Dr. Vinod Kumar is a Chancellor's Professor of Technology and Supply Chain Management of the Sprott School of Business (Director of Sprott School, 1995-2005), Carleton University, Ottawa, Canada. Dr. Kumar has published over 400 articles in refereed journals and proceedings other than publishing dozens of books and monographs; his articles have been cited over 9000 times. He has won several Best Paper Awards in prestigious conferences, Scholarly Achievement Award of Carleton University for the academic years 1985-86 and 1987-88, Research Achievement Award for the year 1993, 2001, 2007 and 2015, and the Graduate Mentoring Award in 2011. Dr. Kumar has widely consulted industry and government. He is co-editor of one, associate-editor of another and on the editorial board of six International Journals. In addition, Dr. Kumar has also served for several years on the Board of Governors and the Senate for Carleton University and on the Board of the Ontario Network of e-Commerce.
Dr. Kumar’s research interests are in optimizing performance of operation systems; supply chain sustainability; technology transfer; new product development; technology adoption; e-commerce applications and e-Government. He is on Canadian Who’s Who since last several years. Personal website: www.carleton.ca/vkumar
Title: Adoption of Autonomous Systems in Care of Elderly: The Question of Technology’s Trustworthiness
Abstract: An autonomous care system embedded with ambient intelligence can ensure independence for elderly people and increase cooperation, social interaction, and adaptation. However, the degree of innovation and the level of independence of any autonomous system vary significantly by the vendors’ strategy, design criteria, and most importantly consumers adaptability and behavioral attitude. This study seeks to understand the level of trust elderly people must have to accept autonomous systems instead of human support, and how trust and personal characteristics can improve the intent to adopt autonomous systems. The study has significant implications on design and understanding of the support requirements of the future autonomous elderly care systems.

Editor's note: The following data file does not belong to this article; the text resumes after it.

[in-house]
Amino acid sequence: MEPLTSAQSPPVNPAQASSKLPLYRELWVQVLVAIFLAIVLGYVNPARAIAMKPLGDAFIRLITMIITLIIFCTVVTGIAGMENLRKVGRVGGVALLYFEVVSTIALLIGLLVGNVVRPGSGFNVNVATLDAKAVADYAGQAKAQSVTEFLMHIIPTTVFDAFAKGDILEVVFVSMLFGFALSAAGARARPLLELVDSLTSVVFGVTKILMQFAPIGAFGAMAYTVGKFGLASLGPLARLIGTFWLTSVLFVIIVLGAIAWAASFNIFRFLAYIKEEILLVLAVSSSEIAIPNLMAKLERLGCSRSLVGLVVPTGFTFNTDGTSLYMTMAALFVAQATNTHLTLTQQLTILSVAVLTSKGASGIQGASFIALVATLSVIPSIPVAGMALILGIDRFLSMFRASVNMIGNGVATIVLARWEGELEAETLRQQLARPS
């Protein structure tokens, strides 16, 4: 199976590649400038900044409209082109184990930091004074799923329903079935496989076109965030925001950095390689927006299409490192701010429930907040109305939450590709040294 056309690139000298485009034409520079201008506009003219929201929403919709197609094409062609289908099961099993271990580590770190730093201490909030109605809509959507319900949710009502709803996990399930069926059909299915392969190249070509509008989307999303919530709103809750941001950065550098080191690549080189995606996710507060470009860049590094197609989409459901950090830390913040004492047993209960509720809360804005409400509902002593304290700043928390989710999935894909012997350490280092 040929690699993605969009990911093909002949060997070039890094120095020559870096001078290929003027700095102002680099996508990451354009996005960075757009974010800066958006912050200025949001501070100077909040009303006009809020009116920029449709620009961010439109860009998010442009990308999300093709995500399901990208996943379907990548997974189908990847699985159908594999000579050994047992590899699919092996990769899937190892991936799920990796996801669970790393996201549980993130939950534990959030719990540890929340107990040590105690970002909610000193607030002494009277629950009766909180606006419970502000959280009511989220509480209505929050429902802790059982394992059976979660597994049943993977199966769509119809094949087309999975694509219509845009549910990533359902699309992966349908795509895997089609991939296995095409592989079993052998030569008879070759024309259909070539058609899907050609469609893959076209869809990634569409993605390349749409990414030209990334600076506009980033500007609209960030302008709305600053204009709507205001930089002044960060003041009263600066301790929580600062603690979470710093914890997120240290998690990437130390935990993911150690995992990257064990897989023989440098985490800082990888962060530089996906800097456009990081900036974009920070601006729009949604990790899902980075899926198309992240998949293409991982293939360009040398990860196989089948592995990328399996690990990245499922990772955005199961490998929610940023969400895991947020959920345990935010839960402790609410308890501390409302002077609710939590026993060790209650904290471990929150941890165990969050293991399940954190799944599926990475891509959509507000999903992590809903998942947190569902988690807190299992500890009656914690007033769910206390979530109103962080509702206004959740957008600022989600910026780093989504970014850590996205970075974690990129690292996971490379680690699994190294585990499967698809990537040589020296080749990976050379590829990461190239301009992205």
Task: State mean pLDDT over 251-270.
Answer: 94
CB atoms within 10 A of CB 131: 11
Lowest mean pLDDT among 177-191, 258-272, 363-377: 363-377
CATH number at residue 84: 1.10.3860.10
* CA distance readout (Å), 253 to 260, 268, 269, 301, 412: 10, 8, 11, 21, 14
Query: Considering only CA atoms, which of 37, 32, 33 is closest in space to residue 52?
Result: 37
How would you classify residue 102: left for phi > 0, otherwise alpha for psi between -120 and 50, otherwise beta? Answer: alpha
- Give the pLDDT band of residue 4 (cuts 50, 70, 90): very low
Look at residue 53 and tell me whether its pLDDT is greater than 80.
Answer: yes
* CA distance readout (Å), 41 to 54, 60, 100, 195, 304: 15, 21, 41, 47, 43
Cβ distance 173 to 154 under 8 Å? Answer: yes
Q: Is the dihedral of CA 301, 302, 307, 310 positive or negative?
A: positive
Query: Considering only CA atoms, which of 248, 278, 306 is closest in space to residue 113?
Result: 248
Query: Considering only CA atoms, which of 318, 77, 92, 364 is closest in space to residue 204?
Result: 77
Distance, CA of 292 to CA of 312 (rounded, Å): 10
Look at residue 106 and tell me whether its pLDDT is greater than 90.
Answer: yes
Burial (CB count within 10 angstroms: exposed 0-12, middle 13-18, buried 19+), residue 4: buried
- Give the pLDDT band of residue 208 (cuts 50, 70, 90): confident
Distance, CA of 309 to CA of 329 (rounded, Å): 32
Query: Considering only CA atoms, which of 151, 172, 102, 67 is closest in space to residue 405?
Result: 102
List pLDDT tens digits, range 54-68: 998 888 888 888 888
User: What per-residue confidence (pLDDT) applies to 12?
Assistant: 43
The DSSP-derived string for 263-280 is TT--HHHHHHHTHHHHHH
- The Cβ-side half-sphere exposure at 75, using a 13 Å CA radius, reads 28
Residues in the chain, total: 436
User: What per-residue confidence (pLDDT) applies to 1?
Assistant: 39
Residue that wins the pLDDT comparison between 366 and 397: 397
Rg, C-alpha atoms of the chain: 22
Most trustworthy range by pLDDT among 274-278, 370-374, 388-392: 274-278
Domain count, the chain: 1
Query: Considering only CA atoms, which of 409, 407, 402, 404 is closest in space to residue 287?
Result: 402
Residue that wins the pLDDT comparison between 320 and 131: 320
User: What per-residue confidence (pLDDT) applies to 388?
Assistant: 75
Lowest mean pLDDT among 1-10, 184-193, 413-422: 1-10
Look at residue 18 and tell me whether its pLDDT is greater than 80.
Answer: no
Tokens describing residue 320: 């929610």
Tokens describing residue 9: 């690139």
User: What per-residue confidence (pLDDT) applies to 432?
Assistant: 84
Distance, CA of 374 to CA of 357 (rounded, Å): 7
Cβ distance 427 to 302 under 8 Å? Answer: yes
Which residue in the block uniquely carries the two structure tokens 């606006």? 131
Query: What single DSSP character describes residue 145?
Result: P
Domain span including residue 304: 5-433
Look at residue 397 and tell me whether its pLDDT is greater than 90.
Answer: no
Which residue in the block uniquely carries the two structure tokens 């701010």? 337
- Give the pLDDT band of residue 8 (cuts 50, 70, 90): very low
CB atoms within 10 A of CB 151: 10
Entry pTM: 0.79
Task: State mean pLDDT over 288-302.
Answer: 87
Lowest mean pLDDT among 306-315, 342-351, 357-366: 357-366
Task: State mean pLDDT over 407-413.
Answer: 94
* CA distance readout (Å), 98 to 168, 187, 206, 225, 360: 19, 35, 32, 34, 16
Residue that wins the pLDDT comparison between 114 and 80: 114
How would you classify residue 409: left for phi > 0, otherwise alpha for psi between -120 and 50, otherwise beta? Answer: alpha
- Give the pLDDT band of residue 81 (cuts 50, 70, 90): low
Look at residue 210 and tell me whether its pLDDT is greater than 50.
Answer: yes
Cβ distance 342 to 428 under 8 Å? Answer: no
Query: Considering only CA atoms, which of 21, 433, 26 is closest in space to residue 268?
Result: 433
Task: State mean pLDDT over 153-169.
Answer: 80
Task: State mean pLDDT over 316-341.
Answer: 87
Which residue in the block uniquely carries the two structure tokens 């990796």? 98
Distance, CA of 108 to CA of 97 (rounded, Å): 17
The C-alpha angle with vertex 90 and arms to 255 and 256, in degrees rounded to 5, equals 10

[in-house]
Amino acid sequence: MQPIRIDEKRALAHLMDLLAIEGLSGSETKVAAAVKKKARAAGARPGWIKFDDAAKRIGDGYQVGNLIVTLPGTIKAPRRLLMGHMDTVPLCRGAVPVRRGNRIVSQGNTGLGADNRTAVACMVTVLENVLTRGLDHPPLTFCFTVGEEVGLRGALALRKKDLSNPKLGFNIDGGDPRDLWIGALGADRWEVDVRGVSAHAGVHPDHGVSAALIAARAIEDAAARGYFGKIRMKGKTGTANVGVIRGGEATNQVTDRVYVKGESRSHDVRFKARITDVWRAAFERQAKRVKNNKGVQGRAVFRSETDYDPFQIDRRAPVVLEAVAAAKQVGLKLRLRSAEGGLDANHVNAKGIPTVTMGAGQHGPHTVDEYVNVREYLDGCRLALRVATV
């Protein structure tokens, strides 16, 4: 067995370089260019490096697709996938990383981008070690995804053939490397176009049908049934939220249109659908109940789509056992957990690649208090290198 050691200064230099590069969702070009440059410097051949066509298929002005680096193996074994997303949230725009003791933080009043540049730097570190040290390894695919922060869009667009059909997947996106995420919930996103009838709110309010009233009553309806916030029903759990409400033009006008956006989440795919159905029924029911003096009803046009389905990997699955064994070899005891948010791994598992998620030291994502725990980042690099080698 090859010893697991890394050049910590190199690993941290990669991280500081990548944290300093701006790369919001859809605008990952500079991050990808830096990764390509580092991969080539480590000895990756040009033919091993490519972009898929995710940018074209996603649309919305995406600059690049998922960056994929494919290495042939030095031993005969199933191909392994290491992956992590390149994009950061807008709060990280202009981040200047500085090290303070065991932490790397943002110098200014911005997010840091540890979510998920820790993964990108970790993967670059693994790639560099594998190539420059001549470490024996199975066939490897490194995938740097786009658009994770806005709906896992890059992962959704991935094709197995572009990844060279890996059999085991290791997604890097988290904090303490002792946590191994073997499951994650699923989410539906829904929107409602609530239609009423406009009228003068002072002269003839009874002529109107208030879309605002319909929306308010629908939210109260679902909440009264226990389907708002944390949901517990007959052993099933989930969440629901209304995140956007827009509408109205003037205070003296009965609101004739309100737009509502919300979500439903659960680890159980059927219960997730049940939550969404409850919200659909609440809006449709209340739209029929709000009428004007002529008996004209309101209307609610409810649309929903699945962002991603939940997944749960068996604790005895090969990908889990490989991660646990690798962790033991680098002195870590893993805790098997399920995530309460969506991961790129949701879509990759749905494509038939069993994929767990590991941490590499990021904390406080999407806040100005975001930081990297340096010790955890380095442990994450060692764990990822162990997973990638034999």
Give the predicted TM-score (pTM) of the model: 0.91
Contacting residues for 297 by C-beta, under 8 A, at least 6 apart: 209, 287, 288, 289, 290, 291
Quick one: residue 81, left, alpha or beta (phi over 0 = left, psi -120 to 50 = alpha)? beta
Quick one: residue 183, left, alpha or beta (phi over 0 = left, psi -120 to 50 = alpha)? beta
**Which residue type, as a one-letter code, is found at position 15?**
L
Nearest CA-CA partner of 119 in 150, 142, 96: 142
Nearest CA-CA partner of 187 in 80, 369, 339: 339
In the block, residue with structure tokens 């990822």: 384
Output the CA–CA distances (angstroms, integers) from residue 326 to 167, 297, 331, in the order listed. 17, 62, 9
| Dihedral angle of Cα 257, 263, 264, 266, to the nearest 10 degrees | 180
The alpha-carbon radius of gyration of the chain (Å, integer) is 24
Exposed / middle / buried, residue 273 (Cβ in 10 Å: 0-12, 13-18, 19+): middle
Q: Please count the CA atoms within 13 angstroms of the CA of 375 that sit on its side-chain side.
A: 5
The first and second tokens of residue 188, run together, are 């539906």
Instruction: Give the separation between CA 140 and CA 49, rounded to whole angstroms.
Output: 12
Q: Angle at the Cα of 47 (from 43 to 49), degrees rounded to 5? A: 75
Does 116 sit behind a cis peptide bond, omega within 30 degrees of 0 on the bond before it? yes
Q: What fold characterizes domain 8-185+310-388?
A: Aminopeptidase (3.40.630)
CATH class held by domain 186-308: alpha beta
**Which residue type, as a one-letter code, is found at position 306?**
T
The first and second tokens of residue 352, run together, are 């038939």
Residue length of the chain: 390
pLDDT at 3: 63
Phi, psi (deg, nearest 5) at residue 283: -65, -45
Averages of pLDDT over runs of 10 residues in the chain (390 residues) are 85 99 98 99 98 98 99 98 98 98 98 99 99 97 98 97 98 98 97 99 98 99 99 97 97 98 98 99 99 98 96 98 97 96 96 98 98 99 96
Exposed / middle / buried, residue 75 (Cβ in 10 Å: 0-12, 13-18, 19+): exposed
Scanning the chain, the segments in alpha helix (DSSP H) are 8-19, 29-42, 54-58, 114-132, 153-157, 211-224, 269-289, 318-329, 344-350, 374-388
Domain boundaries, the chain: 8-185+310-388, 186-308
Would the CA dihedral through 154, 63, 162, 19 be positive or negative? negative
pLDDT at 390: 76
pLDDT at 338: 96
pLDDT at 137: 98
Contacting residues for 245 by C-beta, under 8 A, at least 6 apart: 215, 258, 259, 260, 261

Cheol Park (Ph.D. in Business Administration) is a Professor at Korea University, South Korea. He received his B.A. in Economics, M.B.A. and Ph.D. from Seoul National University. He worked for Samsung as assistant manager of global marketing before joining academic area. He has been a visiting scholar at Vanderbilt University, University of Hawaii, and Mongolia International University. His research interests include marketing in digital environment and sustainable management with creating social value. He has published papers in influential journals such as International Marketing Review, Journal of Business Research, Industrial Marketing Management, and Journal of Interactive Marketing.
Title: Do CSR Activities Improve Corporate Performance?
are increasingly performing corporate social
responsibility (CSR) as part of their strategic
plans, but the effect of CSR activities on
corporate performance is disputed. Researchers
have found ambiguous relationships through
mediating factors, but few studies have
investigated internal stakeholders in this
context and the firm characteristics that
moderate these relationships. This study uses a
competitive mediating model that examines job
satisfaction as a mediator in the relationship
between CSR activities and firm performance for
Korean companies. For the analysis, data from
195 companies covering 2014 to 2017 were
collected and analyzed via panel regression. The
findings indicate that CSR activities had a
negative effect on firm performance but a
positive effect on job satisfaction; however,
the larger the firm, the smaller the positive
effect of CSR activities. Moreover, job
satisfaction positively affects firm
performance, and this relationship is stronger
in service firms.
Keywords: CSR, job satisfaction, firm size, service, competitive mediation
Prof. Prof. Mike Yao, University of Illinois at Urbana-Champaign, USA
Mike Yao is a Professor of
Digital Media and the Head of the Charles H.
Sandage Department of Advertising in the College
of Media. He teaches a digital media & marketing
course at the Gies College of Business as an